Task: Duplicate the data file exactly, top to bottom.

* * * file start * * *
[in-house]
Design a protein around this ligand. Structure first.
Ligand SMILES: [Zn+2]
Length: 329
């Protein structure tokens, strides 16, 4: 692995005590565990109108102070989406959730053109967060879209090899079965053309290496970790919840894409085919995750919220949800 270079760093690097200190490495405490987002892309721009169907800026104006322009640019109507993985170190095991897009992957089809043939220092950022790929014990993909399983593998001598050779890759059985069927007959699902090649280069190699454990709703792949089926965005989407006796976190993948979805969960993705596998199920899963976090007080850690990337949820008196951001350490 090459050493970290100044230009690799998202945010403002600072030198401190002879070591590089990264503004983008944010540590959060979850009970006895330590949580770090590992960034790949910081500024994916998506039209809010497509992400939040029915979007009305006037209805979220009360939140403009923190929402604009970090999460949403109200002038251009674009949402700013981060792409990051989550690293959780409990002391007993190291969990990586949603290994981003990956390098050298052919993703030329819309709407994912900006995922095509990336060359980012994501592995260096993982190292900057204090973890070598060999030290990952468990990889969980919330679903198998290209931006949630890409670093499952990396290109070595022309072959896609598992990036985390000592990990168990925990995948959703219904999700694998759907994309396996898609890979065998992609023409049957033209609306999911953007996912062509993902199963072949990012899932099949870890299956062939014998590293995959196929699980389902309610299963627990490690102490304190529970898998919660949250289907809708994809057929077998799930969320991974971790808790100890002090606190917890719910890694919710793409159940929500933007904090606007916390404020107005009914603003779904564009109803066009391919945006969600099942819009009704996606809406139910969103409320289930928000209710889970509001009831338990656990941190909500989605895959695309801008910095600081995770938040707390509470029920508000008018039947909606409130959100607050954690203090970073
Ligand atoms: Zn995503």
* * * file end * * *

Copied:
[in-house]
Design a protein around this ligand. Structure first.
Ligand SMILES: [Zn+2]
Length: 329
């Protein structure tokens, strides 16, 4: 692995005590565990109108102070989406959730053109967060879209090899079965053309290496970790919840894409085919995750919220949800 270079760093690097200190490495405490987002892309721009169907800026104006322009640019109507993985170190095991897009992957089809043939220092950022790929014990993909399983593998001598050779890759059985069927007959699902090649280069190699454990709703792949089926965005989407006796976190993948979805969960993705596998199920899963976090007080850690990337949820008196951001350490 090459050493970290100044230009690799998202945010403002600072030198401190002879070591590089990264503004983008944010540590959060979850009970006895330590949580770090590992960034790949910081500024994916998506039209809010497509992400939040029915979007009305006037209805979220009360939140403009923190929402604009970090999460949403109200002038251009674009949402700013981060792409990051989550690293959780409990002391007993190291969990990586949603290994981003990956390098050298052919993703030329819309709407994912900006995922095509990336060359980012994501592995260096993982190292900057204090973890070598060999030290990952468990990889969980919330679903198998290209931006949630890409670093499952990396290109070595022309072959896609598992990036985390000592990990168990925990995948959703219904999700694998759907994309396996898609890979065998992609023409049957033209609306999911953007996912062509993902199963072949990012899932099949870890299956062939014998590293995959196929699980389902309610299963627990490690102490304190529970898998919660949250289907809708994809057929077998799930969320991974971790808790100890002090606190917890719910890694919710793409159940929500933007904090606007916390404020107005009914603003779904564009109803066009391919945006969600099942819009009704996606809406139910969103409320289930928000209710889970509001009831338990656990941190909500989605895959695309801008910095600081995770938040707390509470029920508000008018039947909606409130959100607050954690203090970073
Ligand atoms: Zn995503």